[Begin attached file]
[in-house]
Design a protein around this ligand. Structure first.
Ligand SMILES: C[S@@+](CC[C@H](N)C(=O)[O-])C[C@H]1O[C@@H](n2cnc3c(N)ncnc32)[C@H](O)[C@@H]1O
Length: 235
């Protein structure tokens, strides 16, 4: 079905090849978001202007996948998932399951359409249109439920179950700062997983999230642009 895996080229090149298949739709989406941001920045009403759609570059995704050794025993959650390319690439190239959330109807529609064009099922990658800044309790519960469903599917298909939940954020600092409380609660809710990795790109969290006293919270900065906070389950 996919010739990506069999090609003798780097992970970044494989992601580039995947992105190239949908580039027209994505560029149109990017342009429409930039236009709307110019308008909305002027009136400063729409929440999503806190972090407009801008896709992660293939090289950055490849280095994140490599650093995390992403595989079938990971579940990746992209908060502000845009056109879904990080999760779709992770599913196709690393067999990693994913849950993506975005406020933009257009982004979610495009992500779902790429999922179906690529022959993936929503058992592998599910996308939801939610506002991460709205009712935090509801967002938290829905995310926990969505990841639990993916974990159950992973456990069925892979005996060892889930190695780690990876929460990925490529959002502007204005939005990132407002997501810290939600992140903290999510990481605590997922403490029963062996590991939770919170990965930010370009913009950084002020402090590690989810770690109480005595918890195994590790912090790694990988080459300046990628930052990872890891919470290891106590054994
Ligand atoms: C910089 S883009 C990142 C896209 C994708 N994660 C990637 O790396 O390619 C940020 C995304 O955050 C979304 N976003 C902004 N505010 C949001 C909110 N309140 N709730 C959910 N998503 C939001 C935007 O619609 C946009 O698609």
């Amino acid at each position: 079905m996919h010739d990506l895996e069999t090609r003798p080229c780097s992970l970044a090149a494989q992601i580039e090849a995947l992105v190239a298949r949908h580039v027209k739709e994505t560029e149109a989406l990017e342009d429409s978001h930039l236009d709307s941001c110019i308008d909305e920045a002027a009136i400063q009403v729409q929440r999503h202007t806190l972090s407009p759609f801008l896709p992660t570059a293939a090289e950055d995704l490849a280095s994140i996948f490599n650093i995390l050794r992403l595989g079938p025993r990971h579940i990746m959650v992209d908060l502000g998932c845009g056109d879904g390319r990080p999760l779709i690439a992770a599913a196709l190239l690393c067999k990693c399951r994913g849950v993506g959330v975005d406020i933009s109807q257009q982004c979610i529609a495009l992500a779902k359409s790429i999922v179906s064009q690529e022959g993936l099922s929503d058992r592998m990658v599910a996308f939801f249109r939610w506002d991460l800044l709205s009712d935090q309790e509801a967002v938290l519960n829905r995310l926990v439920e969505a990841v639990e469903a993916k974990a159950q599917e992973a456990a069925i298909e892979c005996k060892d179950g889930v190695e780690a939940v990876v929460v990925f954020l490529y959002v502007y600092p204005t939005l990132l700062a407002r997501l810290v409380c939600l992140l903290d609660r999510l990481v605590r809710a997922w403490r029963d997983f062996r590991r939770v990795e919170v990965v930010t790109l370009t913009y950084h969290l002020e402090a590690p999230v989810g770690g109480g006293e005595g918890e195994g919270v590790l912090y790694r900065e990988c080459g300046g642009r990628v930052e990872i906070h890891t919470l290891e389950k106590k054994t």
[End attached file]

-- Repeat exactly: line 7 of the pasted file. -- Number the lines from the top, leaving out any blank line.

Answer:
């Amino acid at each position: 079905m996919h010739d990506l895996e069999t090609r003798p080229c780097s992970l970044a090149a494989q992601i580039e090849a995947l992105v190239a298949r949908h580039v027209k739709e994505t560029e149109a989406l990017e342009d429409s978001h930039l236009d709307s941001c110019i308008d909305e920045a002027a009136i400063q009403v729409q929440r999503h202007t806190l972090s407009p759609f801008l896709p992660t570059a293939a090289e950055d995704l490849a280095s994140i996948f490599n650093i995390l050794r992403l595989g079938p025993r990971h579940i990746m959650v992209d908060l502000g998932c845009g056109d879904g390319r990080p999760l779709i690439a992770a599913a196709l190239l690393c067999k990693c399951r994913g849950v993506g959330v975005d406020i933009s109807q257009q982004c979610i529609a495009l992500a779902k359409s790429i999922v179906s064009q690529e022959g993936l099922s929503d058992r592998m990658v599910a996308f939801f249109r939610w506002d991460l800044l709205s009712d935090q309790e509801a967002v938290l519960n829905r995310l926990v439920e969505a990841v639990e469903a993916k974990a159950q599917e992973a456990a069925i298909e892979c005996k060892d179950g889930v190695e780690a939940v990876v929460v990925f954020l490529y959002v502007y600092p204005t939005l990132l700062a407002r997501l810290v409380c939600l992140l903290d609660r999510l990481v605590r809710a997922w403490r029963d997983f062996r590991r939770v990795e919170v990965v930010t790109l370009t913009y950084h969290l002020e402090a590690p999230v989810g770690g109480g006293e005595g918890e195994g919270v590790l912090y790694r900065e990988c080459g300046g642009r990628v930052e990872i906070h890891t919470l290891e389950k106590k054994t």